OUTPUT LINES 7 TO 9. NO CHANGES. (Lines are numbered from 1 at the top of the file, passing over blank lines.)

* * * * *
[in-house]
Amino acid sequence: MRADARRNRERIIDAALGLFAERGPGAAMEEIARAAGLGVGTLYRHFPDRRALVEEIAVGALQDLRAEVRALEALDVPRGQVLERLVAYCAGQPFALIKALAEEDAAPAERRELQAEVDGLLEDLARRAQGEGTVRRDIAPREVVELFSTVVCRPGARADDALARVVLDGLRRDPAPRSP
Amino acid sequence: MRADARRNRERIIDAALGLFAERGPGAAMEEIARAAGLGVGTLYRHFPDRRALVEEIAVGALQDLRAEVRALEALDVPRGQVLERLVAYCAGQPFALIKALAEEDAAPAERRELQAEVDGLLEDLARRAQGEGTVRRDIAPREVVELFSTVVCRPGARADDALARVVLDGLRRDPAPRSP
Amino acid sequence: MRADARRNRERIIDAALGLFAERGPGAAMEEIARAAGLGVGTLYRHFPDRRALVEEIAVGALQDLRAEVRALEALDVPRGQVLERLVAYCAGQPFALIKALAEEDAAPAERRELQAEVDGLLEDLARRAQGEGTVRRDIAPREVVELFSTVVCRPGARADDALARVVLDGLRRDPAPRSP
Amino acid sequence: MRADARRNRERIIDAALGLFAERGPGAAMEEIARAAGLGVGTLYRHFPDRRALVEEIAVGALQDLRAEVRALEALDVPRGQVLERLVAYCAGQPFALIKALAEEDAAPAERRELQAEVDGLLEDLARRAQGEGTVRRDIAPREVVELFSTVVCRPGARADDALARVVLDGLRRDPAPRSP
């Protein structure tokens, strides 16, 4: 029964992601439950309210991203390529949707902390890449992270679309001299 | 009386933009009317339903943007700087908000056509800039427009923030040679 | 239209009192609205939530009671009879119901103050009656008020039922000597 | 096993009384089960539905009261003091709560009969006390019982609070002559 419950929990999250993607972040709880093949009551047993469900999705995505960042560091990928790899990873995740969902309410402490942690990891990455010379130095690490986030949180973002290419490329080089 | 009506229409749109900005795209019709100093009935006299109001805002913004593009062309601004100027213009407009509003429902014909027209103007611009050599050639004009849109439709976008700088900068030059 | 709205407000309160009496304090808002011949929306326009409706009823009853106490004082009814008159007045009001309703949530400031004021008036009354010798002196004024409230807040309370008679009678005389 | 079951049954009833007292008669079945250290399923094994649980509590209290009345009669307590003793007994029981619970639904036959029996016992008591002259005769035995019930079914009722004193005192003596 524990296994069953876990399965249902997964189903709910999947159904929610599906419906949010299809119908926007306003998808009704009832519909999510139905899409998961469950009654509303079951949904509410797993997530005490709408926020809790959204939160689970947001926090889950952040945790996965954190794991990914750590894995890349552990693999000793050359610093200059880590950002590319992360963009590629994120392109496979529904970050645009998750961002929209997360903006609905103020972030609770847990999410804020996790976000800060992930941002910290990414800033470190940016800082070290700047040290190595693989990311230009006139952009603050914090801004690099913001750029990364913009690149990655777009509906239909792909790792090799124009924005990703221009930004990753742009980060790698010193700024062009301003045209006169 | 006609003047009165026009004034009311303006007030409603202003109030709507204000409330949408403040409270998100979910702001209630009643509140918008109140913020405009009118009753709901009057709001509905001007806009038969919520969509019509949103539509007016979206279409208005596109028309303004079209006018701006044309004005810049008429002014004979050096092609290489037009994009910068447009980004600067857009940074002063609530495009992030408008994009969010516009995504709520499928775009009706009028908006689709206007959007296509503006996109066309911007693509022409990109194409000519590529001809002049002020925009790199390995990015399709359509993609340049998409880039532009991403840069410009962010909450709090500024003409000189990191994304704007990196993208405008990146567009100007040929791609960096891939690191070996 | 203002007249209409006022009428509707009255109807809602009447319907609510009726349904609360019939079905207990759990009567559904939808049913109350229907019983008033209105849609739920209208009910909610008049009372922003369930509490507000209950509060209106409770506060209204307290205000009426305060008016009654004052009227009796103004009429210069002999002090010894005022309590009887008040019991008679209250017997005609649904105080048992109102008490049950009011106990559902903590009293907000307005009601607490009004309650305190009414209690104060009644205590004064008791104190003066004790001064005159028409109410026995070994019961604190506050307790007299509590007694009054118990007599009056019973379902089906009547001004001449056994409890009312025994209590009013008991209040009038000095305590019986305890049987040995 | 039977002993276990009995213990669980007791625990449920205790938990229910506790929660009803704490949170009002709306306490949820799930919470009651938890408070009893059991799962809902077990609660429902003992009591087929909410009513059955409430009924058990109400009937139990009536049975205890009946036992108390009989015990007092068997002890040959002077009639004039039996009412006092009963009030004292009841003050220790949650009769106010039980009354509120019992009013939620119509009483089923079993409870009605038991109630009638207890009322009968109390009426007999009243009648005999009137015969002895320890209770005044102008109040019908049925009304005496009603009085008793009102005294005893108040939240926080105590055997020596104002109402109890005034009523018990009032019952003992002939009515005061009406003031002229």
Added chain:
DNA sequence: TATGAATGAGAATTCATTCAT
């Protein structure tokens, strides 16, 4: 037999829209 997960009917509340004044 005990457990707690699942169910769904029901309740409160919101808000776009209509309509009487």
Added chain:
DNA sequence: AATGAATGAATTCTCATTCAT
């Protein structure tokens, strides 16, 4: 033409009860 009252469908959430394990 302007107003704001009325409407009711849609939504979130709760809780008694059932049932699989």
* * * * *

Added chain:
DNA sequence: TATGAATGAGAATTCATTCAT
């Protein structure tokens, strides 16, 4: 037999829209 997960009917509340004044 005990457990707690699942169910769904029901309740409160919101808000776009209509309509009487």